Then it was time to ad the boning.I used synthetic whalebone, and cut each piece to match the channels.
The whalebone itself is not as strong as metal or reed, but it is lightweight and in a fully boned bodice like this the thin quality is to prefer (in my opinion)
The one thing that worried me most was the “shrinkage” almost always caused by adding boning.
The thinness of the whalebone was really necessary to keep the difference in size as small as possible (the thicker the bones the bigger the size difference).You can clearly see the difference from left side (boned) to right side (un-boned) in this picture.
Then it was time to start on the exterior fabric.
After keeping my eyes open in my local fabric store since January, in June, I finally decided to take the 1 hour trip to the next towns fabric store (which is awesome by the way).
And I did not regret it.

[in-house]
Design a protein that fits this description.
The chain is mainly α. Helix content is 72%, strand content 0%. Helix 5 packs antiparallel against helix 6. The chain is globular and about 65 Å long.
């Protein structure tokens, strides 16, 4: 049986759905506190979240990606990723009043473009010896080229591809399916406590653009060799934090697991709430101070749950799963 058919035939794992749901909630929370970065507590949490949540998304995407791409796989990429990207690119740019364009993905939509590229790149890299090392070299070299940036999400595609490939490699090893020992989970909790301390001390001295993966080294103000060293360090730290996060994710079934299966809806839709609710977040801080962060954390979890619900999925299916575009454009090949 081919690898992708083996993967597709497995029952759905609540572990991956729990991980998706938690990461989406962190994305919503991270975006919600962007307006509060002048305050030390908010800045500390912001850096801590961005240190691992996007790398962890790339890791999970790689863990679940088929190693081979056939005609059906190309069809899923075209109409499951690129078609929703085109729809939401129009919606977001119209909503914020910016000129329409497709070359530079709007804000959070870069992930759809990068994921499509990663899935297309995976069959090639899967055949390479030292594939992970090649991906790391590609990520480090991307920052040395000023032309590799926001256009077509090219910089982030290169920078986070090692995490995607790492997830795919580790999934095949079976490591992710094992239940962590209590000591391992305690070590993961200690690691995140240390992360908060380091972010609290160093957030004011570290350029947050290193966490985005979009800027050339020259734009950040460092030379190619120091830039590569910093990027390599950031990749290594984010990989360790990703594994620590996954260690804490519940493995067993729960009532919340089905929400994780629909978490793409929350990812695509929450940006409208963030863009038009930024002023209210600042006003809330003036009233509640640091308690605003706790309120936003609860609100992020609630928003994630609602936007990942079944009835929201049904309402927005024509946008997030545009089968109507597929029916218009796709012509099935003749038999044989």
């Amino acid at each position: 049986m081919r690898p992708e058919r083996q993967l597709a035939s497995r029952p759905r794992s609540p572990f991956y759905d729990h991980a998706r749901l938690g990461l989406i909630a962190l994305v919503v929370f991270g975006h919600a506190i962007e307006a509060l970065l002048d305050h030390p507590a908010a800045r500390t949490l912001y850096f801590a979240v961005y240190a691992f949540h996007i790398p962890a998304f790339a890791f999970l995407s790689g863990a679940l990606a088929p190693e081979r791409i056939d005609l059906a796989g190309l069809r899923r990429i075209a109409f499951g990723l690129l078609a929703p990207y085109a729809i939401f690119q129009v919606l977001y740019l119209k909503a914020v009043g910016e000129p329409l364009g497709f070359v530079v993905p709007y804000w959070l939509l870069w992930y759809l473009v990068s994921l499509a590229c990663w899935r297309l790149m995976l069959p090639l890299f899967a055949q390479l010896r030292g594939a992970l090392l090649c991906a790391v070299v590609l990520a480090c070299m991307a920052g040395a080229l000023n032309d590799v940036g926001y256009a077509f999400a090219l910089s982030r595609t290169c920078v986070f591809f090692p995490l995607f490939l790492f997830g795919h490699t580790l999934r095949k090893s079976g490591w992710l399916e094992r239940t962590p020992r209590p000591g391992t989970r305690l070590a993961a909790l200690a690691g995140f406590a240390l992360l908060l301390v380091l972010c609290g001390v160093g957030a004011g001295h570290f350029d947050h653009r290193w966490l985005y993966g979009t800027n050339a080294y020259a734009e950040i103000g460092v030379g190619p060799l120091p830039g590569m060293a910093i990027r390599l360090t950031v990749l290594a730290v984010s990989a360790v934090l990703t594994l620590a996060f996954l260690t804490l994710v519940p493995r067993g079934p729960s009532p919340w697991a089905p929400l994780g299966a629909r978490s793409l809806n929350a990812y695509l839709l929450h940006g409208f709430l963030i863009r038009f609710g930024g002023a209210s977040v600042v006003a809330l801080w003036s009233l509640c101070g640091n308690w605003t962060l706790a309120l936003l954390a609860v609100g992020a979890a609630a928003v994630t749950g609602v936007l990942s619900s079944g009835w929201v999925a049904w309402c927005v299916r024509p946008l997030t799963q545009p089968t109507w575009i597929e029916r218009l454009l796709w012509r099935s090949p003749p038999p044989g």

I’d accidentally made the outer layer a bit to big at the side seam, and tried to pin it down to fit.
After some fiddling I decided to let it be for now, and to take the excess in later if needs be – better to big then to small.
(a very wise choice as it proves later on)
Once the main bodice pieces was basted down I started working on the sleeves.
Drafting the pattern using my books as a guide.
I pleated the sleeves by hand, and sewed chains of thread to keep the pleats in place.
And finished them of by folding some self fabric trim round the lower edge. The sleeves ready to be set.
Next up – the finishing touches